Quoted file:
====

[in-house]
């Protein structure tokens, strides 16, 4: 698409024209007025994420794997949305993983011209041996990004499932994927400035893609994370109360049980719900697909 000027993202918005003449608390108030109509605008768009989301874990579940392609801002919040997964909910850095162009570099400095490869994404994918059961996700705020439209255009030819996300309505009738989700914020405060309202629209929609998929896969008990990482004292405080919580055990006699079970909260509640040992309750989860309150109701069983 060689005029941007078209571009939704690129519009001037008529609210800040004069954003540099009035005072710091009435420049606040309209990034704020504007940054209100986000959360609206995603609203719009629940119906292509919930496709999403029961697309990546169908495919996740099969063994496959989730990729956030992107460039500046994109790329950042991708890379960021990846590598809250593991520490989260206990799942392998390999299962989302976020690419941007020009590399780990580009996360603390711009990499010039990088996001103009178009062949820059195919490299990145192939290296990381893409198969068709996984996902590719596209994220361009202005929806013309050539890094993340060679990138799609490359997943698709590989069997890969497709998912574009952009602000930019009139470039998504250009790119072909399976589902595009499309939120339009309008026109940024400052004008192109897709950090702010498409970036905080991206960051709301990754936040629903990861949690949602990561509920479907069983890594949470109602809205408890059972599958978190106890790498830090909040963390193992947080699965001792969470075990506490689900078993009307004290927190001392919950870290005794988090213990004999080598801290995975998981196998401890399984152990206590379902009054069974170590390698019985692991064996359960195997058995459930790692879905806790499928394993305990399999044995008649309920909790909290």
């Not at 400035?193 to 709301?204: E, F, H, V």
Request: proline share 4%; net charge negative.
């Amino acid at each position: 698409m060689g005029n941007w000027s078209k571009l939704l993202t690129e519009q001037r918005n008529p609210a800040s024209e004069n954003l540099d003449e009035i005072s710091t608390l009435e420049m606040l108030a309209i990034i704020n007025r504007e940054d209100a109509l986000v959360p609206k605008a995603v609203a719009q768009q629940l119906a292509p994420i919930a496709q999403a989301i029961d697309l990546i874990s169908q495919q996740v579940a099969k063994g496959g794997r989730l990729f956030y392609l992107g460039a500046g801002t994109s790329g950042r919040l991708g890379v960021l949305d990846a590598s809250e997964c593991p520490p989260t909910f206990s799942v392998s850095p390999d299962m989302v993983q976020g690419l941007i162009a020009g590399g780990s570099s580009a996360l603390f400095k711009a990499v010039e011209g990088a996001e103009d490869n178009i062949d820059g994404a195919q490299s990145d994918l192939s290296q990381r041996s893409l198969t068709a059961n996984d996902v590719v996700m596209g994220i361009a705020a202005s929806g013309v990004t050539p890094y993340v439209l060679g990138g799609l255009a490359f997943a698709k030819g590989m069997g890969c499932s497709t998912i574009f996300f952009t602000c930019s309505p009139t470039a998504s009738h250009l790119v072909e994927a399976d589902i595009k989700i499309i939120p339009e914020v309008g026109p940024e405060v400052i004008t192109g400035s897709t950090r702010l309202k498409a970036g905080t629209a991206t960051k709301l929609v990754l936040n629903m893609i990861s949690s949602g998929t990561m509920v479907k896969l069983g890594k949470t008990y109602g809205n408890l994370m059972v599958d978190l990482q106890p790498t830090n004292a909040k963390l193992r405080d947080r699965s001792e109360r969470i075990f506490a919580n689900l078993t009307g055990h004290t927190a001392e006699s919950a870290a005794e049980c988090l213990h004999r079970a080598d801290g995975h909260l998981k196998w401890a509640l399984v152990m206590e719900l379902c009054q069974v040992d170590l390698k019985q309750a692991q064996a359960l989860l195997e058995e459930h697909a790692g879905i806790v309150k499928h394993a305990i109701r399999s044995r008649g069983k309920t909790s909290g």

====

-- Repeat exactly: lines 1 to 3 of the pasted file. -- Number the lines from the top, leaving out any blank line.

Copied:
[in-house]
């Protein structure tokens, strides 16, 4: 698409024209007025994420794997949305993983011209041996990004499932994927400035893609994370109360049980719900697909 000027993202918005003449608390108030109509605008768009989301874990579940392609801002919040997964909910850095162009570099400095490869994404994918059961996700705020439209255009030819996300309505009738989700914020405060309202629209929609998929896969008990990482004292405080919580055990006699079970909260509640040992309750989860309150109701069983 060689005029941007078209571009939704690129519009001037008529609210800040004069954003540099009035005072710091009435420049606040309209990034704020504007940054209100986000959360609206995603609203719009629940119906292509919930496709999403029961697309990546169908495919996740099969063994496959989730990729956030992107460039500046994109790329950042991708890379960021990846590598809250593991520490989260206990799942392998390999299962989302976020690419941007020009590399780990580009996360603390711009990499010039990088996001103009178009062949820059195919490299990145192939290296990381893409198969068709996984996902590719596209994220361009202005929806013309050539890094993340060679990138799609490359997943698709590989069997890969497709998912574009952009602000930019009139470039998504250009790119072909399976589902595009499309939120339009309008026109940024400052004008192109897709950090702010498409970036905080991206960051709301990754936040629903990861949690949602990561509920479907069983890594949470109602809205408890059972599958978190106890790498830090909040963390193992947080699965001792969470075990506490689900078993009307004290927190001392919950870290005794988090213990004999080598801290995975998981196998401890399984152990206590379902009054069974170590390698019985692991064996359960195997058995459930790692879905806790499928394993305990399999044995008649309920909790909290």
């Not at 400035?193 to 709301?204: E, F, H, V």